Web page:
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Catching Up

All year I’ve had an item sitting on my To Do list, woefully un-crossed-off: “update website.” So, here goes! Some highlights from 2014:

Way back in January I published a fun story on SB Nation Longform: Wilderness Women, in which I competed to be named “Alaska Wilderness Woman 2013” and earn myself an Alaskan bachelor. In March and early April, Pacific Standard ran a week-long series of pieces I wrote about “opting out” of society in one form or another; the series was anchored by a narrative feature called The Peacemaker, about an Alaskan militia leader accused of conspiring to murder federal officials.

In early May I attempted Canada’s national standardized fitness test for wildland firefighters, and wrote about it for the Yukon News. In June, SB Nation Longform published Why We Play, a piece on risk-taking and sports that is part-personal essay and part-reporting about a remarkable local athlete, Darryl Tait. Birth of a Birder, a World Hum story about my April 2013 trip to the Galapagos, was published in June too. And in July my story about the little-known WWII internment of the Aleuts, from the Spring 2014 issue of Maisonneuve, went online.

I’ve continued to contribute regularly to Up Here and Up Here Business magazines. I wrote two pieces for Up Here’s history column, “Looking Back”: one on the notorious Chilkoot Trail avalanche that killed dozens of gold-seekers, and one on the sad story of Bruce Johnson, Canada’s first Yukon Quest champion. I profiled Chief Mathieya Alatini of the Kluane First Nation for Up Here Business. I also put a lot of work into a feature about the mystery of a dead German hiker:
A Cold and Deadly Place.

SKYE on AOL, the website that originally published my story about the “McCandless pilgrims,” has gone offline – I republished the story using Creatavist: Chasing Alexander Supertramp. I’m also thrilled to announce that the story has been included in an anthology that was just released: The Best Women’s Travel Writing Volume 10.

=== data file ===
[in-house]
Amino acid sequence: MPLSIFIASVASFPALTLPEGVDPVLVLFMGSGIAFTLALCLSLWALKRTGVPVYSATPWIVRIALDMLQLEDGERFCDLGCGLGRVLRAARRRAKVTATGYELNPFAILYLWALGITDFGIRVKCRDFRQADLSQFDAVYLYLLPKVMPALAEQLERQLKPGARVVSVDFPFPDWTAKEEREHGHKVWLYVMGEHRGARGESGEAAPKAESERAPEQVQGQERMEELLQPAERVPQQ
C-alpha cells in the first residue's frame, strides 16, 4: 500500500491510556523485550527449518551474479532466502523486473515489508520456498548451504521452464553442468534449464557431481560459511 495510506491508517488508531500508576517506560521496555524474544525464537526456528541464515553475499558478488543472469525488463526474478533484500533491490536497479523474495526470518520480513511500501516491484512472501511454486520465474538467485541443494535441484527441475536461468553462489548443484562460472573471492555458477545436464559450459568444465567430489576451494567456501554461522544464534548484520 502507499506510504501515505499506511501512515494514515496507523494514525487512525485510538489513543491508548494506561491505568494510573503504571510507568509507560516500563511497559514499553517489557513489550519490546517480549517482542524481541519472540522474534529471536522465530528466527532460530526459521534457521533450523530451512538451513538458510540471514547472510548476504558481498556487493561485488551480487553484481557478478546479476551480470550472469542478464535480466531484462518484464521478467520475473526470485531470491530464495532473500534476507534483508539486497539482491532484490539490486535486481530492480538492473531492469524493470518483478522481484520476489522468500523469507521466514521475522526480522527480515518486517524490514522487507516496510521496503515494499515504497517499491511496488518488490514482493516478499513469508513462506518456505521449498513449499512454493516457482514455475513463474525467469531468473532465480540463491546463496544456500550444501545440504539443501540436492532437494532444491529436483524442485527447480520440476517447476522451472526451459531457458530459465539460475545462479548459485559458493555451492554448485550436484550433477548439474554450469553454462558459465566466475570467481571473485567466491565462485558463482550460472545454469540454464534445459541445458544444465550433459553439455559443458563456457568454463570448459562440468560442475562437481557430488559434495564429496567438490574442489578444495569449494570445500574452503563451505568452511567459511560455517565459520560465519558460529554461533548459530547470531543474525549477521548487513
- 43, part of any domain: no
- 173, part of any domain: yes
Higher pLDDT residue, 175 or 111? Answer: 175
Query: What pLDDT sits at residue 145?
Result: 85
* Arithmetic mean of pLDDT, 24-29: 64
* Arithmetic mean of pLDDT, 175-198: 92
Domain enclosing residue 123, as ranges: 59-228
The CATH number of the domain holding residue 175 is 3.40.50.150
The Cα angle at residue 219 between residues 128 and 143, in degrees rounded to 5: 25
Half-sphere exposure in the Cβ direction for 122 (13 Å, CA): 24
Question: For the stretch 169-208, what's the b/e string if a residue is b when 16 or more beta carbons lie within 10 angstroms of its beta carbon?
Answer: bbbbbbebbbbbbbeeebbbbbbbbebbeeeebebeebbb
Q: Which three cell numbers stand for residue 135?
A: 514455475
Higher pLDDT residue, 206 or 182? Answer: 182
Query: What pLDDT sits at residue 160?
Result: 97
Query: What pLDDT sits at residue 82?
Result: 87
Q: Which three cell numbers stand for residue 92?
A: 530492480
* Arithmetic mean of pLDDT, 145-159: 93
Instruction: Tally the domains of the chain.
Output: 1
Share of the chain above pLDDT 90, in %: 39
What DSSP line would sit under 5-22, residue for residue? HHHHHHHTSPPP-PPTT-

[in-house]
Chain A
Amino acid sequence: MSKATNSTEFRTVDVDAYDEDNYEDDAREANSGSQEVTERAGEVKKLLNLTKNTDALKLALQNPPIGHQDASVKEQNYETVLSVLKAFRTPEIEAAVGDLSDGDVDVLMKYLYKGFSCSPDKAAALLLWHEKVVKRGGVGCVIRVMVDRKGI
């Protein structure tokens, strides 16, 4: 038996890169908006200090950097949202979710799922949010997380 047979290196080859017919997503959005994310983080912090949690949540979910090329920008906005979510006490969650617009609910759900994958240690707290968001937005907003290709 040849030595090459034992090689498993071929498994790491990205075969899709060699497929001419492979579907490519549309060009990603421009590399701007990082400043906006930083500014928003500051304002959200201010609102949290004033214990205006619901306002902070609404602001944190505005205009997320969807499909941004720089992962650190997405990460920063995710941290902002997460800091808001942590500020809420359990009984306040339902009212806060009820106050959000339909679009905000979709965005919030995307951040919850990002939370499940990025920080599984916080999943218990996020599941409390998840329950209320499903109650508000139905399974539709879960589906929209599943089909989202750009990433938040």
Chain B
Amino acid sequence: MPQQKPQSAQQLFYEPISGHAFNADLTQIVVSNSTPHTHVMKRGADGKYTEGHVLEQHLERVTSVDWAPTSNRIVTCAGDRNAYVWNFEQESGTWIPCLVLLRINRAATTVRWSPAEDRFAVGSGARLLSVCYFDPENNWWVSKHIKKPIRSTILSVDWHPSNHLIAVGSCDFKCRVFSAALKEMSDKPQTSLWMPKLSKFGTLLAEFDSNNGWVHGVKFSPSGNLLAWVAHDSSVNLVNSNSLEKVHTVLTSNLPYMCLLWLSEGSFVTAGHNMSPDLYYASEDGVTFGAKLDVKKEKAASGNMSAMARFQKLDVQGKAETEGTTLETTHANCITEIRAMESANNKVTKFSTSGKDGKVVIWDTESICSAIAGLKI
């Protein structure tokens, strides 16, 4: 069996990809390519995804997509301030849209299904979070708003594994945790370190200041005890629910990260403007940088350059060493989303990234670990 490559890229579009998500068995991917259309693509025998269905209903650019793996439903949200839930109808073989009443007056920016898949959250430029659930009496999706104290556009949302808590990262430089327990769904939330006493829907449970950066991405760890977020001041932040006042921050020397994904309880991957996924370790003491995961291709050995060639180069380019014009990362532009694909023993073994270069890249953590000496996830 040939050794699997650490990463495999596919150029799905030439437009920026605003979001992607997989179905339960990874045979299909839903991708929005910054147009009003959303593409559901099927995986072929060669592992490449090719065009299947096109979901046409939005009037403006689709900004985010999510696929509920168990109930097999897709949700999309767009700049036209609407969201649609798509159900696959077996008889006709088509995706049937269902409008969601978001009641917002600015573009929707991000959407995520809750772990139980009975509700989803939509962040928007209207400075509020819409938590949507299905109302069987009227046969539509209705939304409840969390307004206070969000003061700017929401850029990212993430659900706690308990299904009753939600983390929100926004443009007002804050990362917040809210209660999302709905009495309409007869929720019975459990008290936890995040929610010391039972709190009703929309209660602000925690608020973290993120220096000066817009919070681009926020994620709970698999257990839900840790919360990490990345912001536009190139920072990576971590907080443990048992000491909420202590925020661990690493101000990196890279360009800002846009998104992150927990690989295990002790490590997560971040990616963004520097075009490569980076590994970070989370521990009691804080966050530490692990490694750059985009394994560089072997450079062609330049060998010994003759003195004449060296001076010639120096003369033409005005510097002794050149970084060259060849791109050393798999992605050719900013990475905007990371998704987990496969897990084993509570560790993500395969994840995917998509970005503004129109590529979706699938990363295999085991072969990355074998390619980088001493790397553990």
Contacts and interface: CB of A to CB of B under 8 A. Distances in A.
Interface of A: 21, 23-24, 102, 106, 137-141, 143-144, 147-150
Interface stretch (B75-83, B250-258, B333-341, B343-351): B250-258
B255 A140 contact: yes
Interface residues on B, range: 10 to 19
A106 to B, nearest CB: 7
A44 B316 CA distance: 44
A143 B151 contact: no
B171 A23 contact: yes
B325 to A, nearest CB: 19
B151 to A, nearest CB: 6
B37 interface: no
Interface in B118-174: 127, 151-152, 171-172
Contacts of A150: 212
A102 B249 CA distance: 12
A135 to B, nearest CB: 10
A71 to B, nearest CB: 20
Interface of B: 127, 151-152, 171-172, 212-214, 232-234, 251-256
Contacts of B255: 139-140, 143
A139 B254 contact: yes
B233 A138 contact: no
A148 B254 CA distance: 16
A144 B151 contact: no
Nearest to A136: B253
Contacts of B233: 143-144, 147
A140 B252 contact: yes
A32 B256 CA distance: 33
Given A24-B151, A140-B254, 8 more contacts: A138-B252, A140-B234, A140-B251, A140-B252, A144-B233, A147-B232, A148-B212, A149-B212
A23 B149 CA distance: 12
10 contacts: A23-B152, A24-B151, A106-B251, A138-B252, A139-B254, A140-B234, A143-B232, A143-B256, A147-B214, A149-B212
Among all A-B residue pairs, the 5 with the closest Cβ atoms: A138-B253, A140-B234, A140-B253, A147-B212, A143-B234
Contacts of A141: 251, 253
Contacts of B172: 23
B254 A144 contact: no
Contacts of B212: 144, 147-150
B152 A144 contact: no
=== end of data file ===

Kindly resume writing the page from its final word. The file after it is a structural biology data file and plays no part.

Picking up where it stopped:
What else? I appeared on Gangrey: The Podcast, which was really fun. I traveled to new-to-me places in Alaska, the Yukon, NWT, British Columbia, Alberta, and the Lower 48. I landed some big story contracts at big publications, and I’m excited to share those pieces when they’re published. I’ve been working very part-time at a local radio station, reading the news and sports live on air.

I guess I can’t expect to jam a year’s worth of updates into one post, so I’ll stop here. More soon.

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It’s been ages since I’ve posted here – I’ve had my hands full with work and some on-again, off-again health issues that, happily, seem to be under control now.

I’m really excited about my latest story. It’s a long look at the “McCandless pilgrims” who risk their lives trying to reach the bus from Krakauer’s Into the Wild. I put a lot of work into it, and got a lot of help and information from some amazing people I connected with along the way, and I am very pleased with how it came out:
Chasing Alexander Supertramp

I’ve also got a new story out in the December issue of Up Here that deals with similar themes. It’s called Hiding Among Us, and it’s about the long tradition of people coming to the North to disappear.

Another Up Here story, from the September issue, is about a group of miners abandoned on Great Slave Lake: The Great Escape From Outpost Island Mine

Meanwhile, some amazing news arrived in September: My Vela essay,
Not an Ike and Tina Thing, was listed in the Notable Selections of The Best American Essays 2013, while Three Kites on the Ice landed in the notables for The Best American Sports Writing 2013.

I’ve got a bunch of new features in the works for early 2014. Stay tuned!

Update: The story has a new online home now. Thanks!

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Two things: Earlier this month I had a second story published over at SB Nation Longform. It’s about the centennial of the first ascent of Denali, the tallest mountain in North America, and I got to go to base camp to report it, which was challenging and great. Check it out: The High One.

Second, on Friday night I got word that my Up Here story about Skagway’s seasonal workers – ‘I Found the Sweet Life’ – won the Western Magazine Award for best travel and leisure story. Exciting! Up Here won a second WMA, in profile writing, for my pal Katherine Laidlaw’s story about an activist in Nunavut.

I spent the first week of June in Toronto, at MagNet, Canada’s national magazines conference, where I also attended a handful of journalism-related galas. Up Here Business won best magazine of the year at the Kenneth R. Wilson Awards (honoring the best in professional, trade and B2B mags in Canada), and Up Here won small-circulation mag of the year at the Editors’ Choice Awards. We were nominated in five categories at the National Magazine Awards but came away from that one empty-handed – still an incredible week for a pair of small magazines from the sub-Arctic!

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A heap of stuff just went online. First up, my travel story from Up Here’s July/August 2012 issue, ‘I Found the Sweet Life,’ is now online in honor of its nomination for a Western Magazine Award. Yay.